The Camberwell Grammar School student credits his strong marks in maths to his supportive teachers and family members, as well as the fact he spent some time over the previous summer independently working through his Year 12 textbooks.

Camberwell Grammar teacher Dayan Ramalingam with high-achieving students (L-R) Kevin Wang, Felix Wang and Tim Falloon. Photo: Daniel Pockett

He estimates he had already completed a quarter of the Methods textbook and half the Specialist course by the time the school year started, which gave him more time to focus on practice exams.

Tim was also fortunate enough to attend a school that was one of the state’s strongest per capita performers in maths subjects this year. Victorian Curriculum and Assessment Authority data shows Camberwell Grammar School received 38 study scores of 40 above in maths methods and 15 in specialist maths.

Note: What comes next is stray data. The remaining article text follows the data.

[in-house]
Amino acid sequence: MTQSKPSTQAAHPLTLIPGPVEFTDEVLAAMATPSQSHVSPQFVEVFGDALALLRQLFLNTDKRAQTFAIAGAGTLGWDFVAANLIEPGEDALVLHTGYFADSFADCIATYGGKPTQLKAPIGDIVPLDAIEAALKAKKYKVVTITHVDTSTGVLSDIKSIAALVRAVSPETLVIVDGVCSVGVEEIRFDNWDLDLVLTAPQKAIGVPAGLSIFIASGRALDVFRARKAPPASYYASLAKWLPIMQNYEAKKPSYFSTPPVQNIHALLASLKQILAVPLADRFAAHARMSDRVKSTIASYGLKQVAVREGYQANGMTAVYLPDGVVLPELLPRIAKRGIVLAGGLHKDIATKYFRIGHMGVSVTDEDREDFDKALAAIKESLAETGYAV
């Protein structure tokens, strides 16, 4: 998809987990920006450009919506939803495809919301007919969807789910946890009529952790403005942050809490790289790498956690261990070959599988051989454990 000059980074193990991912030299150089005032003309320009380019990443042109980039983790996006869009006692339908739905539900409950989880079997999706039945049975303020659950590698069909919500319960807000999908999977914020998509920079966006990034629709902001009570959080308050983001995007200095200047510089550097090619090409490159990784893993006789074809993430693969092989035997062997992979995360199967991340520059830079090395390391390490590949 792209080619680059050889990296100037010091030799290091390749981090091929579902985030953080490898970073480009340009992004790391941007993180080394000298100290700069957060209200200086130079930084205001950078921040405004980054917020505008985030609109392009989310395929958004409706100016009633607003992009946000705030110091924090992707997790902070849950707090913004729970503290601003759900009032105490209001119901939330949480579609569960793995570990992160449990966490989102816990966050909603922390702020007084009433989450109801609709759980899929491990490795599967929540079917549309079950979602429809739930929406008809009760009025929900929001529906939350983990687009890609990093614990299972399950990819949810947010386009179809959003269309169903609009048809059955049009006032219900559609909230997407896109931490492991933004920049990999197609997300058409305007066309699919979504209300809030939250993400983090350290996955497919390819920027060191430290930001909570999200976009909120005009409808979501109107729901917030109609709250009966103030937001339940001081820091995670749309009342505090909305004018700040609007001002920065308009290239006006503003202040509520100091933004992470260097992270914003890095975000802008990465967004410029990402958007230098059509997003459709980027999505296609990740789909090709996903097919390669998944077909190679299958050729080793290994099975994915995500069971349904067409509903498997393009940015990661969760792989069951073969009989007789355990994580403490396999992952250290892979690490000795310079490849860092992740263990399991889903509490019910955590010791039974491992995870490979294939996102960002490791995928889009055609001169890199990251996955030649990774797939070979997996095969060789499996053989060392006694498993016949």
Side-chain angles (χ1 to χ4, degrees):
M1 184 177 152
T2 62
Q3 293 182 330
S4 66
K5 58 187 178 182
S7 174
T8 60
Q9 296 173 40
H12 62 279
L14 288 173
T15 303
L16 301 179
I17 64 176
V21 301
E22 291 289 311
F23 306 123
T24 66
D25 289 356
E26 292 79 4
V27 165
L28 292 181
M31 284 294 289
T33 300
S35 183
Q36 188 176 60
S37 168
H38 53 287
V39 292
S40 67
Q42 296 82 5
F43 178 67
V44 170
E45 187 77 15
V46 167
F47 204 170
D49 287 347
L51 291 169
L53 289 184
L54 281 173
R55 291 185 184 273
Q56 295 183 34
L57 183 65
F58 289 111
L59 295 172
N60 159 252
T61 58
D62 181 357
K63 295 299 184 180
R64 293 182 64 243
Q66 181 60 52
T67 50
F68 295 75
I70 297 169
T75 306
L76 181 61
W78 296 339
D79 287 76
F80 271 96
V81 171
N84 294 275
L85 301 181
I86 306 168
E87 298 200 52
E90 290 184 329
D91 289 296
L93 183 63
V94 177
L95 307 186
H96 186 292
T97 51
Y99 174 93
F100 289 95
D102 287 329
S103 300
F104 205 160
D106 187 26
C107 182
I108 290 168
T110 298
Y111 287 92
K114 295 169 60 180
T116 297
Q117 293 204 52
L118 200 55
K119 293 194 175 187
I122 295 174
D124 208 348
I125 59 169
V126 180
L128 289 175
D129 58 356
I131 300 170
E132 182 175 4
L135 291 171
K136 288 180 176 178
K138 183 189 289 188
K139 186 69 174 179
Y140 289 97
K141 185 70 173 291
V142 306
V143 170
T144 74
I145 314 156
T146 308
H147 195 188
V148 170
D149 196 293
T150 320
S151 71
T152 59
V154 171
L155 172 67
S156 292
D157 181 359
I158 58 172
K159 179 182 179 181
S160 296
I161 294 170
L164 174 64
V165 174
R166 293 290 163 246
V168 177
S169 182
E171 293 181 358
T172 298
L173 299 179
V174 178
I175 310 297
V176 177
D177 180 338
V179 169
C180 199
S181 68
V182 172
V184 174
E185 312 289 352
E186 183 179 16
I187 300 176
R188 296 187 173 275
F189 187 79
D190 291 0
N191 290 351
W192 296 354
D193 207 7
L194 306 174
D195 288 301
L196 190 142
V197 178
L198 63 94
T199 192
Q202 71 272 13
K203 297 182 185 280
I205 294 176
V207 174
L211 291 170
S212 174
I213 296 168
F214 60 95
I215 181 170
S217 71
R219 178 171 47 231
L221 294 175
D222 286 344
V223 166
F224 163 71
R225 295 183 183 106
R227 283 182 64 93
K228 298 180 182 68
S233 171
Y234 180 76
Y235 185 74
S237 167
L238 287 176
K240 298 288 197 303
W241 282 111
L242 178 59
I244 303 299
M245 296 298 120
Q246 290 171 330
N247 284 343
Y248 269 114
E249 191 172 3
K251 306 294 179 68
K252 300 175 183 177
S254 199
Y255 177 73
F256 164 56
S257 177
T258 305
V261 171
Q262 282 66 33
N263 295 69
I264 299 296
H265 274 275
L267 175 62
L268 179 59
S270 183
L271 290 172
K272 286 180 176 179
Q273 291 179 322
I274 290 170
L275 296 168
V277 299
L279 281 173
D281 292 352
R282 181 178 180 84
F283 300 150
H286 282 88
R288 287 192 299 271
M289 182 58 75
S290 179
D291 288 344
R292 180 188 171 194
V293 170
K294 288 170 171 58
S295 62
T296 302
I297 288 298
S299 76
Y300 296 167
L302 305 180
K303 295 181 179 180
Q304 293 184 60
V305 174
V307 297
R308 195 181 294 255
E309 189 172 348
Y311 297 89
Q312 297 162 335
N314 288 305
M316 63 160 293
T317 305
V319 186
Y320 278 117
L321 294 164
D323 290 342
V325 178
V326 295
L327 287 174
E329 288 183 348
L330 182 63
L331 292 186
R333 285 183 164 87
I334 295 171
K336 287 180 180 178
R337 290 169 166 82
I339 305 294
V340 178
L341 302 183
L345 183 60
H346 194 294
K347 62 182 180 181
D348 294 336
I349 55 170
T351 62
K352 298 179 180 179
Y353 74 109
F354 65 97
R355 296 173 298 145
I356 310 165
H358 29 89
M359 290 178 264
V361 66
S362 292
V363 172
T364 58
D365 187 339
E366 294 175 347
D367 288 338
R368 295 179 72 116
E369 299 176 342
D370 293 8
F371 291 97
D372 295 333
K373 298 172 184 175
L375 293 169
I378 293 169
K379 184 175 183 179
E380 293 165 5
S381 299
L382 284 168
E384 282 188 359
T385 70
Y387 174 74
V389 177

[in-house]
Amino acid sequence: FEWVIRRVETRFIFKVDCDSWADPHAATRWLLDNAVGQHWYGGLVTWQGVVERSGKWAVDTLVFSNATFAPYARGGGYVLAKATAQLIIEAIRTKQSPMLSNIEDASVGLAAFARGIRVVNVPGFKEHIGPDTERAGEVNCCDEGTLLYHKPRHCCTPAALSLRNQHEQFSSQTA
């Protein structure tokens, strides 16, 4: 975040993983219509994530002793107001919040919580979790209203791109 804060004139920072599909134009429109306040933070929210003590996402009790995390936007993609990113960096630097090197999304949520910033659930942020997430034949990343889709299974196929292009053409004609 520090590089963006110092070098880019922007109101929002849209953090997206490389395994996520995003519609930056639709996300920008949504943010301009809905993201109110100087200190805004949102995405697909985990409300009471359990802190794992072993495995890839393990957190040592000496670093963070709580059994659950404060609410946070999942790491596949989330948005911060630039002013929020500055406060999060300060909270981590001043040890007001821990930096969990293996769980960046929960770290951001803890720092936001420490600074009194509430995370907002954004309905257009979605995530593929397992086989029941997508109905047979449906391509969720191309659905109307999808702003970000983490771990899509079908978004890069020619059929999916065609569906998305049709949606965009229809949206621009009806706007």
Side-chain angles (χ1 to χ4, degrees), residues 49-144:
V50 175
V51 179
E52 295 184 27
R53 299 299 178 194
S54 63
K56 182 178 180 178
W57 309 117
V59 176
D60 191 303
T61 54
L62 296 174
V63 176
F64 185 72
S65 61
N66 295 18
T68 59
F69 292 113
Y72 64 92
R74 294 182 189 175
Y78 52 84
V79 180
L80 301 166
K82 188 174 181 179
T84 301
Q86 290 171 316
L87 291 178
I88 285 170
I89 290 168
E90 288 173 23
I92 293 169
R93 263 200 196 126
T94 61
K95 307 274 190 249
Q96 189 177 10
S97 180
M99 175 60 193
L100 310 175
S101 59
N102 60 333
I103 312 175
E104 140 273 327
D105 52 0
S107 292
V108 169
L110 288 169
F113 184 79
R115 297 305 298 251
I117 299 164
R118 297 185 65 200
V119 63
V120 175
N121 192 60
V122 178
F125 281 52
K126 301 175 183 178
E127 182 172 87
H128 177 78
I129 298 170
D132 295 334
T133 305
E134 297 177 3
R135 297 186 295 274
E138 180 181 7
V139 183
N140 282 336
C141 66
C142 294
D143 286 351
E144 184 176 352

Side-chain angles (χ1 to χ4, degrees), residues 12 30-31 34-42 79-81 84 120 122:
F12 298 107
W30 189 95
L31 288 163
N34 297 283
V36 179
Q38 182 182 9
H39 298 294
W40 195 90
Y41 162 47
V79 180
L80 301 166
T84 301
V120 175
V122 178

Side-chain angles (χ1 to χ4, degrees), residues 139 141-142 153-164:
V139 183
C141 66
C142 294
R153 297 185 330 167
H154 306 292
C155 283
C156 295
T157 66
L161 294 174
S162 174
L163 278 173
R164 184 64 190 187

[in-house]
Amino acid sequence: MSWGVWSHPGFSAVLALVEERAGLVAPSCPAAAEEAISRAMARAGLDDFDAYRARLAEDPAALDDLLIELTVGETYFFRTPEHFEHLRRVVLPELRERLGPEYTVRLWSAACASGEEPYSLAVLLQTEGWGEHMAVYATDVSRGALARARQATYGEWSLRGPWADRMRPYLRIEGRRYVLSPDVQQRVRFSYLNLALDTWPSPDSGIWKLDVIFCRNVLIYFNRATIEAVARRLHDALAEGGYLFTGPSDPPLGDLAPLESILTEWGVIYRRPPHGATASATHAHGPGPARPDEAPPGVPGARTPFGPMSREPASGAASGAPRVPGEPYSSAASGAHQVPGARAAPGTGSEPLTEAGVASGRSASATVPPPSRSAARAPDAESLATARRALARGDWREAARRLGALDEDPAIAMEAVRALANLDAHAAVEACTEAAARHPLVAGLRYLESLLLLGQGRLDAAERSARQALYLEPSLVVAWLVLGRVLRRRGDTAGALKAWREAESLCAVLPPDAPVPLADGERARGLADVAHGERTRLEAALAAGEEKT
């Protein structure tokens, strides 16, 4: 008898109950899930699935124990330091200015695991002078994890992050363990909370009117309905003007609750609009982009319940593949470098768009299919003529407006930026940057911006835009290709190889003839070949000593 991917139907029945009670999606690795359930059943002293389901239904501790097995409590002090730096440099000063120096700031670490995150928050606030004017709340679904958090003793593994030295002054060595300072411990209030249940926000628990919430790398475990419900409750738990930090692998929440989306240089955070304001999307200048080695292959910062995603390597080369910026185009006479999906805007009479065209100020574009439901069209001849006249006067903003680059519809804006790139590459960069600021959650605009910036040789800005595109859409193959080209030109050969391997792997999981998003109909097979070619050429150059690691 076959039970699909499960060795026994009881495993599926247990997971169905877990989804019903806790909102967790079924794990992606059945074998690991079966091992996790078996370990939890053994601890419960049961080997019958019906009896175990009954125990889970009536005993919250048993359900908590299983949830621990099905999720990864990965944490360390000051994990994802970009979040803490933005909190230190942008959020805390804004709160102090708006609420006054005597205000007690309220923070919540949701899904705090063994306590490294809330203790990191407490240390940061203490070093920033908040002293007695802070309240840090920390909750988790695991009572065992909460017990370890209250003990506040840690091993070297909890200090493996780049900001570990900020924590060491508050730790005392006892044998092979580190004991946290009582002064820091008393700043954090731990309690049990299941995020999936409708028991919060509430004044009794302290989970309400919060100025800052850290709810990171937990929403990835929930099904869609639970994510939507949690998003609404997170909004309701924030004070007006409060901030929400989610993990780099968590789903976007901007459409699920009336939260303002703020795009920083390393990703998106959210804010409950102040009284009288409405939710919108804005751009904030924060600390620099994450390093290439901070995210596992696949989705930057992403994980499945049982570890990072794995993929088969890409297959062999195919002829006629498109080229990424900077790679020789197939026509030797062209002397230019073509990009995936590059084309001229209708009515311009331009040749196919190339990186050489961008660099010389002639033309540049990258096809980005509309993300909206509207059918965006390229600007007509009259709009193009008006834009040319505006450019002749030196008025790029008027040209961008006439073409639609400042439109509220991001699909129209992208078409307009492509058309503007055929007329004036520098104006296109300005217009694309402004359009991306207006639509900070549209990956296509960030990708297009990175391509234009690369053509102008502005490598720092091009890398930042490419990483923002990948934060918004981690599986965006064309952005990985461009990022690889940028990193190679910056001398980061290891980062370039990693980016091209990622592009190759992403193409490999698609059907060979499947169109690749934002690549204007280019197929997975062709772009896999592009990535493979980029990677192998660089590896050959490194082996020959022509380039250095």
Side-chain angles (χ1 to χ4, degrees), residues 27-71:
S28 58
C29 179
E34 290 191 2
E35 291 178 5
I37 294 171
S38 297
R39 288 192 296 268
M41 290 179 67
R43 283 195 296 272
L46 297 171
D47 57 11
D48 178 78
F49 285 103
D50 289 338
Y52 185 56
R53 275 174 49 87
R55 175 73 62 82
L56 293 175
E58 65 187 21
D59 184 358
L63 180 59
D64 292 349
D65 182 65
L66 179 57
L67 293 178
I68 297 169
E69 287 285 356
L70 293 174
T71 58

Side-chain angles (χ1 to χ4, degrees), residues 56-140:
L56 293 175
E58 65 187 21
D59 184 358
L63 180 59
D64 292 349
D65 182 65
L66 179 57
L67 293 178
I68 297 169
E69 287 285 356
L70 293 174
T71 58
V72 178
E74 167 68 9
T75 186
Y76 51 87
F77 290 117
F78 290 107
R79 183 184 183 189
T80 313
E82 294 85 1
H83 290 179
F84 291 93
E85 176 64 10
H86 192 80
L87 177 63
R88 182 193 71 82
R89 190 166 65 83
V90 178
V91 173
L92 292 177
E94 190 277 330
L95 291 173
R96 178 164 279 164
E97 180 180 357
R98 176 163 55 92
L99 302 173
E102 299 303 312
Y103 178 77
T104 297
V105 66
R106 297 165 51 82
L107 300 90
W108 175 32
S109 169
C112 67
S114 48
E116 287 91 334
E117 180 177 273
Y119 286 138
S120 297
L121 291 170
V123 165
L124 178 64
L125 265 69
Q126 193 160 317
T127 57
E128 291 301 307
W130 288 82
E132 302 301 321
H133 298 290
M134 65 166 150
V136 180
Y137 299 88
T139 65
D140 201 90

Camberwell Grammar School’s head of senior curriculum Dayan Ramalingam??? said the school placed a strong emphasis on the core subjects of maths and English.

“There is a culture that regards maths as a fun and engaging subject, and students approach maths problems as puzzles to be solved,” he said.

“We don’t have to make kids do maths, they do it because it is fun.” Specialist subject standouts

Other schools have celebrated strong years in less widely-taught subjects. About one in four scores above 40 in Australian history were achieved by students at Sacre Coeur, while Haileybury Girls College students made up almost one third of high achievers in sociology.

East Doncaster Secondary College students excelled at classical studies (which covers Greek and Roman literature), Firbank Grammar School achieved strong marks in history and Melbourne Grammar School was the ideal place to ace philosophy.